5 Tips for Securing a Remote Workforce

Apr 7, 2020 6:00:00 AM |

Blake Pittman

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work from home 2As the COVID-19 pandemic continues, a new global remote workforce has emerged in an effort to help flatten the curve. As organizations make this necessary transition, changes to infrastructure to support remote workers may create unprecedented risks and vulnerabilities.

Here are five tips for mitigating risk associated with your newly deployed remote workforce:

  1. Establish a policy

    Organizations will need to understand what types of access are required. For instance, many organizations will only allow organization-issued devices to connect to the network; however, smaller businesses may need to allow for the use of personal devices. In this scenario, is not possible for the IT team to ensure the secure configuration of employees' personal equipment, increasing security risks. Organization-provided equipment allows for centralized management by the IT team.

    Aside from organization-issued and personal devices, the remote access policy should also determine how third-party vendor connections are managed. As a best practice, vendor connections should be approved beforehand and be monitored.

  2.  Ensure remote connections are encrypted

    Now that most, if not all, employees are working in remote, hostile environments, the organization should ensure that all connections are encrypted. Most organizations accomplish this through a Virtual Private Network (VPN). VPNs allows for data to pass through an authorized connection point while being scrambled, ensuring an unauthorized individual is unable to intercept and maliciously leverage the data.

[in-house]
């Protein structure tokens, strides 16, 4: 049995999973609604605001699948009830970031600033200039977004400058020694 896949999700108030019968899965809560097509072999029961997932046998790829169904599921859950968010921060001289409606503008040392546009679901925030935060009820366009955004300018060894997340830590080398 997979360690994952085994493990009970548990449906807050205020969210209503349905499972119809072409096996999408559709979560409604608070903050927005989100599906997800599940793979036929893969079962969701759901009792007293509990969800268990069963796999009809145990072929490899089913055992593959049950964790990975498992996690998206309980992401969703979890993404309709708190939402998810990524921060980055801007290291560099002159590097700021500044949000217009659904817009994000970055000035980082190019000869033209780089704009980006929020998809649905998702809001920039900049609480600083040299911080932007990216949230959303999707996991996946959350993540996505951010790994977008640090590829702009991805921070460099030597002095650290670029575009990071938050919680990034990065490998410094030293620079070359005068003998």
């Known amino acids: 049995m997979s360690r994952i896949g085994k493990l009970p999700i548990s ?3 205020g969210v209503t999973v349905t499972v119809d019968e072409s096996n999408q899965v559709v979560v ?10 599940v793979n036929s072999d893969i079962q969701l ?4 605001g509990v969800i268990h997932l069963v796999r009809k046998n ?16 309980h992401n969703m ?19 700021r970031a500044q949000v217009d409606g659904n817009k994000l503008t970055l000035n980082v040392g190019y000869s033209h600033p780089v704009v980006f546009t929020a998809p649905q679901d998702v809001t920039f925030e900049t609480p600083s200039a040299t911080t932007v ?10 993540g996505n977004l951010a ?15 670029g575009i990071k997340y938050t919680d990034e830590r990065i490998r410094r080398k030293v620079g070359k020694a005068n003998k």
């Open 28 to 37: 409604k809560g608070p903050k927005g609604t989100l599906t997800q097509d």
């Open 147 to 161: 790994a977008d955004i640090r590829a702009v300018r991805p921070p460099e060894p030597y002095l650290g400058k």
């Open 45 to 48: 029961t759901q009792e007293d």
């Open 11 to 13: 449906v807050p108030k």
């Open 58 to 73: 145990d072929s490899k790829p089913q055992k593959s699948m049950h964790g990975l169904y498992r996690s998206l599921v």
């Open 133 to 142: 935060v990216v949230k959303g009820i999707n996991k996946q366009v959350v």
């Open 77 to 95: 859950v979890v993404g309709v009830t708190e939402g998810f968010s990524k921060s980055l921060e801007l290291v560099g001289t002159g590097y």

3.  Ensure remote connections are logged and monitored

    Logging and monitoring of remote access is critical for securing a remote workforce. As remote traffic increases, the risk of unauthorized access also increases. By monitoring the network, organizations can flag any unauthorized access or attempted access. Logging also provides the organization with audit capabilities to trace unauthorized access should a security event occur.

  4. Use multi-factor authentication

    One of the most important tactics for securing a remote workforce is implementing strong authentication methods. We strongly recommend implementing multi-factor authentication as it requires a minimum of two out of three items before making a successful connection: something you know, something you have, and something you are. For example, the user will enter a username and password (something you know) then receive a one-time-code on their mobile phone device (something you have). The one-time-code is required, in addition to the username and password, for a successful connection.

  5. Ensure antivirus and patch management procedures are in place:

    People serve as the greatest security risk to any organization. Organizations should ensure employees are trained in social engineering tactics (e.g. phishing attempts, scam phone calls, etc.) to mitigate cyberattacks like ransomware. Additionally, antivirus solutions should be installed on all devices that are connecting to the network. Antivirus solutions, while not a silver bullet, will help detect and prevent malicious software (malware) from infecting devices on the network.

    Additionally, organizations should ensure all devices are centrally managed by the IT department to verify patches are applied and agents are installed on all network devices, allowing for publicly known vulnerabilities to be identified and addressed. Smaller organizations where personal devices are being used should ensure that those devices have up-to-date software with antivirus installed.

While these tips are not all encompassing, they will help your organization establish a baseline level of security during these uncertain times. In our previous blog, we offer additional insights around testing the security of your remote infrastructure. For more information about ways to maintain and improve your organization’s security in light of a newly deployed remote workforce, drop us a line.

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THIS POST WAS WRITTEN BY Blake Pittman

Blake is a Senior Cyber Risk Analyst for HORNE Cyber where he focuses on cyber assurance services for clients.

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